Kamphaeng Phet Road (MRT Kamphaeng Phet)
If you forgive the fact that this one is actually outside of Bangkok in neighbouring Samut Sakhon province (colloquially known as Mahachai), it’s a famous fish market that’s the perfect place to pick up heaps of fresh and inexpensive seafood to turn into an array of tempting Thai dishes. Even if you’re only in Bangkok on a short visit and don’t have access to your own kitchen, it’s worth making a trip out here just for the sights and smells of such a wide variety of fish and shellfish. It’s a short, easy ride from Bangkok – along what’s the first leg of the journey to the famous ‘train market’ in Mae Klong (known in Thai as Talat Lom Hup, or ‘umbrella market’) if you go by train – and it’s a pleasant trip with some pretty countryside scenery from the train windows.
Regular departures throughout the day from Wongwian Yai railway station to Mahachai; 10 baht, around 50 minutes. Wongwian Wai station isn’t connected to the rest of Thailand’s train network, but it’s a 15-minute walk or 20-baht motorbike taxi ride from Wongwian Yai Skytrain station.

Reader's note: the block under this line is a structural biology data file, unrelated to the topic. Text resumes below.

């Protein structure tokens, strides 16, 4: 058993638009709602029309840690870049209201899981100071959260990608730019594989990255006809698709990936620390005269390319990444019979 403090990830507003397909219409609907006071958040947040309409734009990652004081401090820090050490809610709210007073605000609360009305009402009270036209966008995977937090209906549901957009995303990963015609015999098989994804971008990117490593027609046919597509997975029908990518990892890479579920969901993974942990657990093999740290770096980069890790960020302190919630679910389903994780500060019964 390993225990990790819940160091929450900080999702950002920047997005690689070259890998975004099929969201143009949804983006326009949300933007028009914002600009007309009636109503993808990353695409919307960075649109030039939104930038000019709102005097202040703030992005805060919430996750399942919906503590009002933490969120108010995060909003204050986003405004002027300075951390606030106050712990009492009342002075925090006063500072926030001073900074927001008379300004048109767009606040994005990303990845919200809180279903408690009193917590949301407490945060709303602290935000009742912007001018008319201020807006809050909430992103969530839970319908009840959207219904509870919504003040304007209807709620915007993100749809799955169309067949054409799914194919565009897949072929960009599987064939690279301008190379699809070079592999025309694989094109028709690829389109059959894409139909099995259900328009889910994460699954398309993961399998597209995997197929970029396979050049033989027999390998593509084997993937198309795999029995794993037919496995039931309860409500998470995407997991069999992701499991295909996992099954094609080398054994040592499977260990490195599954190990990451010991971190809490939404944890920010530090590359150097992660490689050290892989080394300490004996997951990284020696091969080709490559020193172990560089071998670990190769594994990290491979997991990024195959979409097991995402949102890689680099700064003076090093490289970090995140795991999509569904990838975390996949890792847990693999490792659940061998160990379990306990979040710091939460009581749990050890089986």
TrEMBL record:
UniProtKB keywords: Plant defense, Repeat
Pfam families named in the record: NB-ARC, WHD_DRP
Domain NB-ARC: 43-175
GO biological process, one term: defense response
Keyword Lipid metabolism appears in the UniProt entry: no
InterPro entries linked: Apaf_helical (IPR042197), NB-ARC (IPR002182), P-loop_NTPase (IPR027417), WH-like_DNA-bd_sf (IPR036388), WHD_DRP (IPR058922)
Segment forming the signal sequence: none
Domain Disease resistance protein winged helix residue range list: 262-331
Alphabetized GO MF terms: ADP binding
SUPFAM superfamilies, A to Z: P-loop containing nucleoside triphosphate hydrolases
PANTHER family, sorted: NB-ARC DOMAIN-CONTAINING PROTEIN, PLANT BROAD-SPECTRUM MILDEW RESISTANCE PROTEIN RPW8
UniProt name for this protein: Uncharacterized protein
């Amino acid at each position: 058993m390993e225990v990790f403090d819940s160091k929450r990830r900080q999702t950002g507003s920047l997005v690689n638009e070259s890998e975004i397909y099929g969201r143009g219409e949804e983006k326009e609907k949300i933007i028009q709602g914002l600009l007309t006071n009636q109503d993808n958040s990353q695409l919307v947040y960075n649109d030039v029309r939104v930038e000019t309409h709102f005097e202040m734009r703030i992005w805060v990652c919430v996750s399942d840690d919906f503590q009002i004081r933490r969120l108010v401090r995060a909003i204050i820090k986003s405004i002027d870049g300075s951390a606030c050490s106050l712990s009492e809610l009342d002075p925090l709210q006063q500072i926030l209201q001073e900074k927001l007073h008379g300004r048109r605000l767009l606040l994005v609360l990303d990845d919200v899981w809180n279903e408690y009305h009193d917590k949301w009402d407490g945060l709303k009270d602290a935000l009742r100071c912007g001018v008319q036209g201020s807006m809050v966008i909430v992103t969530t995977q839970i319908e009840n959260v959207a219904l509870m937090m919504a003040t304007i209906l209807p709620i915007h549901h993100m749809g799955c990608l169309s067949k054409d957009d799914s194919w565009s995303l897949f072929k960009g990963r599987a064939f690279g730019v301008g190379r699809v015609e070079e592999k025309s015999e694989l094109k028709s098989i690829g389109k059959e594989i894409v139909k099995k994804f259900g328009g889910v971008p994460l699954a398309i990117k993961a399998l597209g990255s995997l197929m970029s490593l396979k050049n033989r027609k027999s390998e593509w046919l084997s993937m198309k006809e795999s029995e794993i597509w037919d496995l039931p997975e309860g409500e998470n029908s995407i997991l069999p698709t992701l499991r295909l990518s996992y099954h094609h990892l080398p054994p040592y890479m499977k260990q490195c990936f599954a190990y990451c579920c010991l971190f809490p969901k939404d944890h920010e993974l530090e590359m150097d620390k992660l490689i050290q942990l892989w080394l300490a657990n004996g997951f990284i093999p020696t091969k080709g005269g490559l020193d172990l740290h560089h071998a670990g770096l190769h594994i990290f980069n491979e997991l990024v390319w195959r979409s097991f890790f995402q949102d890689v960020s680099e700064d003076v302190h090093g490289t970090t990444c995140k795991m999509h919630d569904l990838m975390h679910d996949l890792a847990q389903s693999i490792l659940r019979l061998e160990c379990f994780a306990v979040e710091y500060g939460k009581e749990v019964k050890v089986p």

While Khlong Toey may be the monstrous fresh market that makes it into the mainstream travel guides – and there’s no denying that any serious foodie visiting Bangkok should ensure it figures on their itinerary – it’s not the only one that’s good at its game. Another hardcore fresh market in Bangkok, and one that’s far removed from the trail of tourists passing through the Thai capital, is Bang Kapi market in the east of the city.
Expect all of the action of Khlong Toey and more – the likes of fish being beheaded, descaled and filleted in the open air, and all manner of other still alive and freshly slaughtered animals in full view, along with their blood and innards – at this ultimate local fresh market. It’s a gory affair that will put off those with an easily turned stomach and yet simultaneously draw in those for whom utterly non-airbrushed markets like this are what travel is all about, a true insight into daily local life about as far removed as it’s possible to get from the smooth tourist-oriented portrayals of modern Bangkok. If you’re a keen cook with access to a kitchen, you’ll find an exhaustive selection of meat and seafood, plus fruits, vegetables, herbs and spices that can be difficult to track down elsewhere. Best of all, the market is open around the clock.
Lad Phrao Sois 119 to 127 (take the Saen Saeb canal boat to The Mall Bang Kapi shopping centre, or take a taxi)